By: Nicole Soto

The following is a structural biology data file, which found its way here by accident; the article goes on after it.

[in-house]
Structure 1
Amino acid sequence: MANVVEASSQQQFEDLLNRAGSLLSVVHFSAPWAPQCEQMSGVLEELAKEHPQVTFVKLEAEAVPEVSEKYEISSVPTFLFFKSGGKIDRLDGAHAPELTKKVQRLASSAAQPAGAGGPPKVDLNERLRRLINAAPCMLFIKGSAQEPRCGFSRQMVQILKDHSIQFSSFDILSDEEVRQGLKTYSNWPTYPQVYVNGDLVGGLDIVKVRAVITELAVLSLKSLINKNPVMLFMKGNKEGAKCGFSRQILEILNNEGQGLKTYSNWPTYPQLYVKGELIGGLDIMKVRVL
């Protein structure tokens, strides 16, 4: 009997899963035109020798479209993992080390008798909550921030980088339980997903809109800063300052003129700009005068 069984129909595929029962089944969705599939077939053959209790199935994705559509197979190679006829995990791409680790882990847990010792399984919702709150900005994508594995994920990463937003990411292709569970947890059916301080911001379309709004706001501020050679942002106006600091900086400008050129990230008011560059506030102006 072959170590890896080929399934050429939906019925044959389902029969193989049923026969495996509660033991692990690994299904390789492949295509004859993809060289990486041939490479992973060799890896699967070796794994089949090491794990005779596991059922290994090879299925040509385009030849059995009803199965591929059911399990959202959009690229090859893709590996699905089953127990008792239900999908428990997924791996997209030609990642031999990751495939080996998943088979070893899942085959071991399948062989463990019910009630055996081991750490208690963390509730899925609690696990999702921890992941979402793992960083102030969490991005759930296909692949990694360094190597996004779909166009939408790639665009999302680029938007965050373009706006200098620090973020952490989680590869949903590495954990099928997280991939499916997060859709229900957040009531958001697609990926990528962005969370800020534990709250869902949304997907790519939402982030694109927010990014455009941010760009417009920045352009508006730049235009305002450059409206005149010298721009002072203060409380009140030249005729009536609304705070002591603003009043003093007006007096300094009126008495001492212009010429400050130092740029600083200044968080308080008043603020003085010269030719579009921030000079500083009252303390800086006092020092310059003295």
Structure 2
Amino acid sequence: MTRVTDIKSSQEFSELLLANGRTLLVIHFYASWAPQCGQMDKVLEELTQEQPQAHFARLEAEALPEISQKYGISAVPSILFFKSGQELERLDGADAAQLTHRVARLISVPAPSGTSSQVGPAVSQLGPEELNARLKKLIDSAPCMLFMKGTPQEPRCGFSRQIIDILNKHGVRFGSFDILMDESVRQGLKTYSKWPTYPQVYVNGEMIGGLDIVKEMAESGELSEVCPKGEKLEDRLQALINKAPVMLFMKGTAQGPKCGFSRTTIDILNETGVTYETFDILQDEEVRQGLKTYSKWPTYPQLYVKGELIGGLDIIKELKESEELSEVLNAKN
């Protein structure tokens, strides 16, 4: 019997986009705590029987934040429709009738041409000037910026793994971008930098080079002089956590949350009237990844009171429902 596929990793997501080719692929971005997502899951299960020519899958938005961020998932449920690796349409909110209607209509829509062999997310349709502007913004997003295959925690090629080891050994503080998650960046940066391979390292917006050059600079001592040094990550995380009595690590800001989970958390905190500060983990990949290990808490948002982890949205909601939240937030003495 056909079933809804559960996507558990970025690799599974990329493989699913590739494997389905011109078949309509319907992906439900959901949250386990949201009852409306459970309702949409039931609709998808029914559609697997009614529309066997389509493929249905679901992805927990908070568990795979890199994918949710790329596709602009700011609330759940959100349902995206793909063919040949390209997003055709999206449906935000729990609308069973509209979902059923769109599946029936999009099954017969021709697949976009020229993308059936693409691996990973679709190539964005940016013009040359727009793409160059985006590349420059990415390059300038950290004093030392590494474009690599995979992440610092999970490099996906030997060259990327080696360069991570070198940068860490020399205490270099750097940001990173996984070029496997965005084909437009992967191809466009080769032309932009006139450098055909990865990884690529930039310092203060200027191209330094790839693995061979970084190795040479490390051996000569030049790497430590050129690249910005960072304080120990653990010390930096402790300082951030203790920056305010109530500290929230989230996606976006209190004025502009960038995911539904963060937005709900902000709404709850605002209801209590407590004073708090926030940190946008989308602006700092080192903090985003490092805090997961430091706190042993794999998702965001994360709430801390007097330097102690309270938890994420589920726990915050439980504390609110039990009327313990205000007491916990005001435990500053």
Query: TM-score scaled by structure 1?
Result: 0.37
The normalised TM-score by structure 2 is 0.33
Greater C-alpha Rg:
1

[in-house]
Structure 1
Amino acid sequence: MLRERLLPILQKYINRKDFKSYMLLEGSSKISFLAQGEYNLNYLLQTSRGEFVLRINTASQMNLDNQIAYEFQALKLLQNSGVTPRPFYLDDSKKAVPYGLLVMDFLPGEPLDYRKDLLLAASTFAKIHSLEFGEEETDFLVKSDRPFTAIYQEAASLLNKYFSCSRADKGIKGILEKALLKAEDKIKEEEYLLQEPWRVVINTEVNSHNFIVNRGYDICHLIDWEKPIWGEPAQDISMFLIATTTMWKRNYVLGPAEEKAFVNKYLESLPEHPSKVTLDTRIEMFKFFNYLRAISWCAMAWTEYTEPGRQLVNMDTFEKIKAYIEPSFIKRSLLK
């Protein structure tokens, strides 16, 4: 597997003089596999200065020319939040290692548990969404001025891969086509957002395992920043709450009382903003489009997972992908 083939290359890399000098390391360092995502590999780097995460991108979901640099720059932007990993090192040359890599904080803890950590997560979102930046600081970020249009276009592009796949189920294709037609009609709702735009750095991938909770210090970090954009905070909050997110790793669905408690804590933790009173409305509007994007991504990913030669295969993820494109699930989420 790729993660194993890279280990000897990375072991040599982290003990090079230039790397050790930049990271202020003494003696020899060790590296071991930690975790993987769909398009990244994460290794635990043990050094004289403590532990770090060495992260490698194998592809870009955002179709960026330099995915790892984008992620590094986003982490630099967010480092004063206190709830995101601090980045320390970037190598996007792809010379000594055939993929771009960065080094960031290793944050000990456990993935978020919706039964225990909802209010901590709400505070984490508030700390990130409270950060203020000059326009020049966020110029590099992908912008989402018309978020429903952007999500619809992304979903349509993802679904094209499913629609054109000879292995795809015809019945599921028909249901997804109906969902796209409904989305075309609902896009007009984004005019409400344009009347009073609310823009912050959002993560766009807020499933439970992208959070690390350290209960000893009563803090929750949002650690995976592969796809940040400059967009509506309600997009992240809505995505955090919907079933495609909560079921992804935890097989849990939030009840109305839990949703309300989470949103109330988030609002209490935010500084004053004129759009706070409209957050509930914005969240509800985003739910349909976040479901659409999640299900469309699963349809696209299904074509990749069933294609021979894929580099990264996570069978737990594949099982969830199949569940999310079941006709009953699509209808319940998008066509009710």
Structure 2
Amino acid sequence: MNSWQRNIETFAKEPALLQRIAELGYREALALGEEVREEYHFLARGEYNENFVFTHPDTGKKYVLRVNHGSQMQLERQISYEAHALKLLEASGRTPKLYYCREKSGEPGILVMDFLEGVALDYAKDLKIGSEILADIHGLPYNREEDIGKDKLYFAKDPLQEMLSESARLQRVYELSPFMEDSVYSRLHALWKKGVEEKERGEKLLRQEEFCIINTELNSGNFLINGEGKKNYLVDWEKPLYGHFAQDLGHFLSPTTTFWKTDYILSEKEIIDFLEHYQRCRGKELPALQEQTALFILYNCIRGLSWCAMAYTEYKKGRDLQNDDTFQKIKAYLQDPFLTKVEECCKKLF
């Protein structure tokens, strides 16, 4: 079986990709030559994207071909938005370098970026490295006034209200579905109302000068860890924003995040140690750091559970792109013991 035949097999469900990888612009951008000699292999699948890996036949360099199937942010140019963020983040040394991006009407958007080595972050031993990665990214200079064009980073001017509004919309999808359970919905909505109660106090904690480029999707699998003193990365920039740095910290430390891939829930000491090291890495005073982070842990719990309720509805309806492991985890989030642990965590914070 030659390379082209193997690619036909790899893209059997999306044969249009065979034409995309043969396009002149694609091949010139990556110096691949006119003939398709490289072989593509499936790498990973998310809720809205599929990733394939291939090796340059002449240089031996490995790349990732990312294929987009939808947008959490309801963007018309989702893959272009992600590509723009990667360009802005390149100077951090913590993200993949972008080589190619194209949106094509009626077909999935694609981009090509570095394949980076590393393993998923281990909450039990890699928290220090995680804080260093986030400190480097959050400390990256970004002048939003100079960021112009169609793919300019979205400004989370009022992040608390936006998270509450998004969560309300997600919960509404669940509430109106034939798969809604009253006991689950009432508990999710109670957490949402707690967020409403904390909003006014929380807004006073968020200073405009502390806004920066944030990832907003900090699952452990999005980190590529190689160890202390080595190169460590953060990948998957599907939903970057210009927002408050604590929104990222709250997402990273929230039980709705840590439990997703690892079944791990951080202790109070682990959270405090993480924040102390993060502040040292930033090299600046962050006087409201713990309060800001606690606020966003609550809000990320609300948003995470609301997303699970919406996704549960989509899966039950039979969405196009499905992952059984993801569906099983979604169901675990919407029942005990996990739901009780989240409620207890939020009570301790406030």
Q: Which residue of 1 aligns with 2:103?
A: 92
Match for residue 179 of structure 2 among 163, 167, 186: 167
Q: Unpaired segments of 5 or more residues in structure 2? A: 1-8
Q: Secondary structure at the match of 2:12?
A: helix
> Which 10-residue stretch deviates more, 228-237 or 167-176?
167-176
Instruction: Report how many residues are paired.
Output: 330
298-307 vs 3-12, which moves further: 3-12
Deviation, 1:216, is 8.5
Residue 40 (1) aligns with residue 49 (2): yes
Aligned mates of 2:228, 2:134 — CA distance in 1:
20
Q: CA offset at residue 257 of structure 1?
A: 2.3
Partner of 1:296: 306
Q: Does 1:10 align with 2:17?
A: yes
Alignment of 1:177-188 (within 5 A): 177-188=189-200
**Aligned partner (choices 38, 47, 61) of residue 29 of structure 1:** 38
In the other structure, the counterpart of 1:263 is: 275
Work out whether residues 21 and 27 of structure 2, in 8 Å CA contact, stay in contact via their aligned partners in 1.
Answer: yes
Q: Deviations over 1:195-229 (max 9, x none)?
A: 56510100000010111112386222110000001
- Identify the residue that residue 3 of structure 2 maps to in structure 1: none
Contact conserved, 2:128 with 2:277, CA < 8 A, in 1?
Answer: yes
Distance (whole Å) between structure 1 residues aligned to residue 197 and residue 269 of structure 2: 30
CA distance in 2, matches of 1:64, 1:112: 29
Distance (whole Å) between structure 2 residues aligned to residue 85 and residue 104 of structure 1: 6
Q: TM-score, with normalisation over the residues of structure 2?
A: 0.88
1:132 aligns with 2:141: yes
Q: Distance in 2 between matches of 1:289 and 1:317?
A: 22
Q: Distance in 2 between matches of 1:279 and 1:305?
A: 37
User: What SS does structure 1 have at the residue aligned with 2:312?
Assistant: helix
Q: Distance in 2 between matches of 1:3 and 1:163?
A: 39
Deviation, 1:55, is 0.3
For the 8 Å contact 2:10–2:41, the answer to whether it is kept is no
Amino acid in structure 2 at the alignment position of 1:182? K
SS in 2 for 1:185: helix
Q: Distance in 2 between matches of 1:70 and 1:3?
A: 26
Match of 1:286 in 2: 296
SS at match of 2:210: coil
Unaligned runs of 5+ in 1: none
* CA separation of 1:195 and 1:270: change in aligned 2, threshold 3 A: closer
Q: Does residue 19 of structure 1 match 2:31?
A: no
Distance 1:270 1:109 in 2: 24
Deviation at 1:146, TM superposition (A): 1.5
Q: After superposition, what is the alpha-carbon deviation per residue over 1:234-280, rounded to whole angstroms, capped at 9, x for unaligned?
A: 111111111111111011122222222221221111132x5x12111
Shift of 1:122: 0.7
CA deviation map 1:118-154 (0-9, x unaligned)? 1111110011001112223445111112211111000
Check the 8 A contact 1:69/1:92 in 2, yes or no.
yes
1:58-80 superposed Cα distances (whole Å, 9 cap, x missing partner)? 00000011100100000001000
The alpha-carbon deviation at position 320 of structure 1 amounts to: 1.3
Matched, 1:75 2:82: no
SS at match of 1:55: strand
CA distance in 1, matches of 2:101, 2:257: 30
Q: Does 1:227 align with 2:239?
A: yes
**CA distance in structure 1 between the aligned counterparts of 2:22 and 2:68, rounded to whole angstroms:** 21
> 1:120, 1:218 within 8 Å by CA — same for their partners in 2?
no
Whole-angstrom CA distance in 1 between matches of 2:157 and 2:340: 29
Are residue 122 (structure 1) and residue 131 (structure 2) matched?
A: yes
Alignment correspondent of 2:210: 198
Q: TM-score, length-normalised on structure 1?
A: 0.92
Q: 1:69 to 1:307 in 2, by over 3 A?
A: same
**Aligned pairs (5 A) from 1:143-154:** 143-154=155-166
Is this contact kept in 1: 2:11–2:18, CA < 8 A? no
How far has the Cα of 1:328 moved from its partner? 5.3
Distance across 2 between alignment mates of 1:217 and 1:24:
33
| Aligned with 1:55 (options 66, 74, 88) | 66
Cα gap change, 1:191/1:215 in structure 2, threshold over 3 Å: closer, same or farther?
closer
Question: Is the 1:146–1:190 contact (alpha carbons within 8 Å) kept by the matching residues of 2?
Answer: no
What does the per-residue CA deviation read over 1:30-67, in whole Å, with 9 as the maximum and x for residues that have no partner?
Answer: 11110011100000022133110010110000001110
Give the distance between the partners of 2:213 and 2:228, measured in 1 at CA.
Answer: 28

There’s physical health. We all know what that looks like… nutrition, exercise, avoiding illness. Then there’s mental health, which has gained some popularity in recent years, especially since the pandemic. We all know nurses and hospitals were overworked to the brim. This was no different for psychologists, where “4 in 10 reported being unable to meet the demand for treatment (up from 30% last year), and 46% said they felt burned out (up from 41% last year)” according to the American Psychological Association. Despite the stain of stigma emotional health has had for a while, it’s becoming more widely acknowledged and accepted as a result of COVID-19 hitting us all like a brick. What is emotional health, you may ask? Emotional health is not the same as mental health, but it is an aspect of it. According to WebMd, it is the ability to be aware of, and manage and cope with both pleasant and unpleasant emotions. As someone who’s studying psychology in school, you could easily assume this is of natural interest to me. However, I’d argue it should be of interest to everyone. Everyone has emotional health, just as everyone has physical health. Sometimes, just as you can see that someone is visibly sick by their hacking coughs, you can notice if someone has emotional deficiencies. There’s many ways someone can show this type of deficiency, but one example of this is the person that is quick to get offended and you see the steam coming out of their ears right before they start swearing like a sailor. On the flip side, is the person who has emotional competence. This is the person that stays calm and manages to continue being respectful and kind under stress, even when Brenda ate their Twix bar from the breakroom fridge. With emotional competence, it is likely that social competence will follow as well. Someone who is able to manage their emotions will likely stay in check when it comes to their social interactions. So, how can we all become this chill person that manages to still be cordial with the Brenda in our work or school space that ate our candy? You do this by developing your emotional intelligence, which is done by utilizing soft skills. Emotional intelligence is an aspect of emotional health, which is “the ability to identify and manage one’s own emotions, as well as the emotions of others.” Soft skills are interpersonal qualities that impact how we lead others, handle adversity, manage our emotions, and achieve goals. Now that you know why emotional health matters, you’re probably wondering… “where do I start?” I suggest going to Success Training Institute, which is a company passionate about helping you develop your soft skills so that you can succeed in life. Not only that, but the lessons within their courses are 8 minutes or less. This way, you can get your training in small bites that keep you engaged. Start your soft skills training and see how your life improves as you apply what you learned. Brenda will be seeing a new you.